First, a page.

The Importance of Acting Classes [cont’d]

[Read part one here]

If I could go back in time, I’d probably argue that whole ridiculous coffee cup thing. But aaaaat the tiiiiime I took it in. I was confused but I took it in. Also apparently when you’re “listening” to the other actor and don’t have much ‘action’ going on, having your arms glued to your sides is the most natural thing you can do when you don’t know what else to do. Okay then. So I did that. Whenever we made a mistake, we’d have to start over. But it was done in a way that made me feel frustrated and embarrassed. The whole classroom was set up like a stage, so you have all these other students staring at you as the teacher is telling you you’ve done something wrong, try it again. I mean it could be a lot worse, he could’ve been insulting. But it would’ve been nice if we got a more detailed response as to what we could do exactly to help NOT make those mistakes. Making me feel dumb about it doesn’t really help. It wasn’t just me. It made me feel uncomfortable watching other actors being critiqued for their acting choices. You could just see the humiliation burnt onto their face. And I know you’re all thinking, how are you going to learn if you’re not getting critiqued? It’s all in the WAY the critiquing is done. It has to be constructive! And while the teacher meant well, I don’t think he realized how condescending he could come across.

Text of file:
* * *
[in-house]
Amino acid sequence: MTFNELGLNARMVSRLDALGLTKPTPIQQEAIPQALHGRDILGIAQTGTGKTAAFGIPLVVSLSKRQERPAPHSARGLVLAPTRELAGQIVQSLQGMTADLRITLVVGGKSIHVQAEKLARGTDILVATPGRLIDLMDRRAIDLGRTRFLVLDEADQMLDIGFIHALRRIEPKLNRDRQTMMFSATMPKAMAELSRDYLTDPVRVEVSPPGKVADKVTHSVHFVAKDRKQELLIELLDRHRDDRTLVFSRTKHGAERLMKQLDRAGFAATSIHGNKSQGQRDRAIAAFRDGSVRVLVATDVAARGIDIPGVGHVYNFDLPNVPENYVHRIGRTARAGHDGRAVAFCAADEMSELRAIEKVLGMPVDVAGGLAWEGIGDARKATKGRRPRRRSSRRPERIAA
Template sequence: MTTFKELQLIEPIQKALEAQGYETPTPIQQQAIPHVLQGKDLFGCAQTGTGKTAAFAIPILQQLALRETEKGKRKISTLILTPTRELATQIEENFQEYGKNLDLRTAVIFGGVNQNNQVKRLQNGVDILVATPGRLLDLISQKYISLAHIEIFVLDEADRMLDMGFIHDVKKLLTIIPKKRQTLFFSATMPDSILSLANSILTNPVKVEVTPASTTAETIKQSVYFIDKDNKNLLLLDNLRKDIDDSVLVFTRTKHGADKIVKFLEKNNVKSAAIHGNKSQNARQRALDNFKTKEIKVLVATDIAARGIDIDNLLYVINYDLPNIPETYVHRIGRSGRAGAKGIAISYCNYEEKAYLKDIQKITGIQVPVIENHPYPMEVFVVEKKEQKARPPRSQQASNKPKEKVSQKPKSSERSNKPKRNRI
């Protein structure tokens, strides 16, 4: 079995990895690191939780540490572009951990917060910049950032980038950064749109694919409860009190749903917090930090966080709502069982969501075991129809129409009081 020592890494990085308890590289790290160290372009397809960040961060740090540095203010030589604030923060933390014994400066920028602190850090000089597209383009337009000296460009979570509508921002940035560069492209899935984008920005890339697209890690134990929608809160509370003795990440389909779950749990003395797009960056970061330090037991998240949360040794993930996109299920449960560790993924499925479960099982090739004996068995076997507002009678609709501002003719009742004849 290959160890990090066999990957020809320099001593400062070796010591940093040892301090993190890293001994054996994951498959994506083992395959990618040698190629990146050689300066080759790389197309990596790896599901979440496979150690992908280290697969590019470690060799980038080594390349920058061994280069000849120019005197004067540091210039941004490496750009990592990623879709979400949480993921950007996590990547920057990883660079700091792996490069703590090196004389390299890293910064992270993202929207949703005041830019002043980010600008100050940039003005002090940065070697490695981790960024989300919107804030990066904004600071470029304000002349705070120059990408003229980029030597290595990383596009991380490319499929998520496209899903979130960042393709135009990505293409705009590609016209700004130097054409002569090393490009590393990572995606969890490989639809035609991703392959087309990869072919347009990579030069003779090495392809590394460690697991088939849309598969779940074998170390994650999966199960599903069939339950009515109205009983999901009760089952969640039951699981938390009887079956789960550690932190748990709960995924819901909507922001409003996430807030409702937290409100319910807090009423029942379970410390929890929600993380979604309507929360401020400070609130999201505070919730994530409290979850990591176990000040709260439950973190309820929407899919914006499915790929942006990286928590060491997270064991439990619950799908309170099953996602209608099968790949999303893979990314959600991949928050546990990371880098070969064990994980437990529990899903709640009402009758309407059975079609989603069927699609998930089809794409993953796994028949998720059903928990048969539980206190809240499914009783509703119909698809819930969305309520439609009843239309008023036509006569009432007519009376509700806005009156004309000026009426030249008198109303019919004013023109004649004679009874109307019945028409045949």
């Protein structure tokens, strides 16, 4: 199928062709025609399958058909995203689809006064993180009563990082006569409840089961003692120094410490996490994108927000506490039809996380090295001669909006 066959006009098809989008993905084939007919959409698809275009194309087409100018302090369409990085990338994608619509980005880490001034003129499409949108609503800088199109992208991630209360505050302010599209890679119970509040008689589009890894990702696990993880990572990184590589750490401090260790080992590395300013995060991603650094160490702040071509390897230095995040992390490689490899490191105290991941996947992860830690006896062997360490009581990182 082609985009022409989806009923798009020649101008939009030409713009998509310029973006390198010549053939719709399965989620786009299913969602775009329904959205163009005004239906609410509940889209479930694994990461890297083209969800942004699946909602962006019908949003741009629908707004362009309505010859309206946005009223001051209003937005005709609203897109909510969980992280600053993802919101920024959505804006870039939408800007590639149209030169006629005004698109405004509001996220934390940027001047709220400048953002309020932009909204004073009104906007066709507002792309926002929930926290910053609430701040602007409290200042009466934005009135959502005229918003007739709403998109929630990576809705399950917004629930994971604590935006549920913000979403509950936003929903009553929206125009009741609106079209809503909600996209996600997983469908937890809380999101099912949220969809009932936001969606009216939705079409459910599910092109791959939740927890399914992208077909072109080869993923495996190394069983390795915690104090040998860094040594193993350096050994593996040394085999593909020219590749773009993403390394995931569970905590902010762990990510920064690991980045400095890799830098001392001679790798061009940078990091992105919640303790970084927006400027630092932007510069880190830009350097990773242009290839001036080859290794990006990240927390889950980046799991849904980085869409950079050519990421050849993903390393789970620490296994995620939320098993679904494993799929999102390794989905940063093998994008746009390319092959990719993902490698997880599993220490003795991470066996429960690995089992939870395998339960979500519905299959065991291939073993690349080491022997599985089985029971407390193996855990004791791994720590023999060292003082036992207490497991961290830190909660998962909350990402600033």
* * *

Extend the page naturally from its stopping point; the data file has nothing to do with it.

What bothered me the most is the lack of feedback when it came to HOW the lines were being said. I remember my acting partner having the most annoying speech pattern. He would literally say his lines the exact same way, with the exact same tones and inflections each time. Talk about monotony. There was no connection whatsoever.

Image(GET THAT CAMERA OUTTA MY FACE!!!)